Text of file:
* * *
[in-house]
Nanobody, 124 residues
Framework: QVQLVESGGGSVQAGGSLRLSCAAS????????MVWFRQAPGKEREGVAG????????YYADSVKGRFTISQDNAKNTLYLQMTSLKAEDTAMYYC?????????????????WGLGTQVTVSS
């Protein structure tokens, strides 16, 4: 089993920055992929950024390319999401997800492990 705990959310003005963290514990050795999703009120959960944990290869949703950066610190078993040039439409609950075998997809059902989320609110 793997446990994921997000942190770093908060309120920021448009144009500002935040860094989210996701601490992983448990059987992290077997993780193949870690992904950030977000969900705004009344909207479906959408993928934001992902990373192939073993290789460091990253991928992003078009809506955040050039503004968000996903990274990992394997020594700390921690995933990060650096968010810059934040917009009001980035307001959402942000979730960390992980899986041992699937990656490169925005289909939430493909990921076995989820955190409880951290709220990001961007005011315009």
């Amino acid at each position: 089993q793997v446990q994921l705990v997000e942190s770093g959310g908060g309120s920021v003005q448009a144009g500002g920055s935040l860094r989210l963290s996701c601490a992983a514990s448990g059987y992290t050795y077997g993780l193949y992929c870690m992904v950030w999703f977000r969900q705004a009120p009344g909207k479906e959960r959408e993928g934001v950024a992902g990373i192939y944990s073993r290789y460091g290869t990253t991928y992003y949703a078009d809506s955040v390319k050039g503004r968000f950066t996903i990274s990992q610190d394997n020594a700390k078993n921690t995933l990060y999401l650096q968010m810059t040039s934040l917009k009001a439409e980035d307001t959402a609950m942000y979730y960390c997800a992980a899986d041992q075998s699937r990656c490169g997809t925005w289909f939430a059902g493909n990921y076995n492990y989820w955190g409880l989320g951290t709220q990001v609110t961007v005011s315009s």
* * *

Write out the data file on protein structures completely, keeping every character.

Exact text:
[in-house]
Nanobody, 124 residues
Framework: QVQLVESGGGSVQAGGSLRLSCAAS????????MVWFRQAPGKEREGVAG????????YYADSVKGRFTISQDNAKNTLYLQMTSLKAEDTAMYYC?????????????????WGLGTQVTVSS
């Protein structure tokens, strides 16, 4: 089993920055992929950024390319999401997800492990 705990959310003005963290514990050795999703009120959960944990290869949703950066610190078993040039439409609950075998997809059902989320609110 793997446990994921997000942190770093908060309120920021448009144009500002935040860094989210996701601490992983448990059987992290077997993780193949870690992904950030977000969900705004009344909207479906959408993928934001992902990373192939073993290789460091990253991928992003078009809506955040050039503004968000996903990274990992394997020594700390921690995933990060650096968010810059934040917009009001980035307001959402942000979730960390992980899986041992699937990656490169925005289909939430493909990921076995989820955190409880951290709220990001961007005011315009």
């Amino acid at each position: 089993q793997v446990q994921l705990v997000e942190s770093g959310g908060g309120s920021v003005q448009a144009g500002g920055s935040l860094r989210l963290s996701c601490a992983a514990s448990g059987y992290t050795y077997g993780l193949y992929c870690m992904v950030w999703f977000r969900q705004a009120p009344g909207k479906e959960r959408e993928g934001v950024a992902g990373i192939y944990s073993r290789y460091g290869t990253t991928y992003y949703a078009d809506s955040v390319k050039g503004r968000f950066t996903i990274s990992q610190d394997n020594a700390k078993n921690t995933l990060y999401l650096q968010m810059t040039s934040l917009k009001a439409e980035d307001t959402a609950m942000y979730y960390c997800a992980a899986d041992q075998s699937r990656c490169g997809t925005w289909f939430a059902g493909n990921y076995n492990y989820w955190g409880l989320g951290t709220q990001v609110t961007v005011s315009s």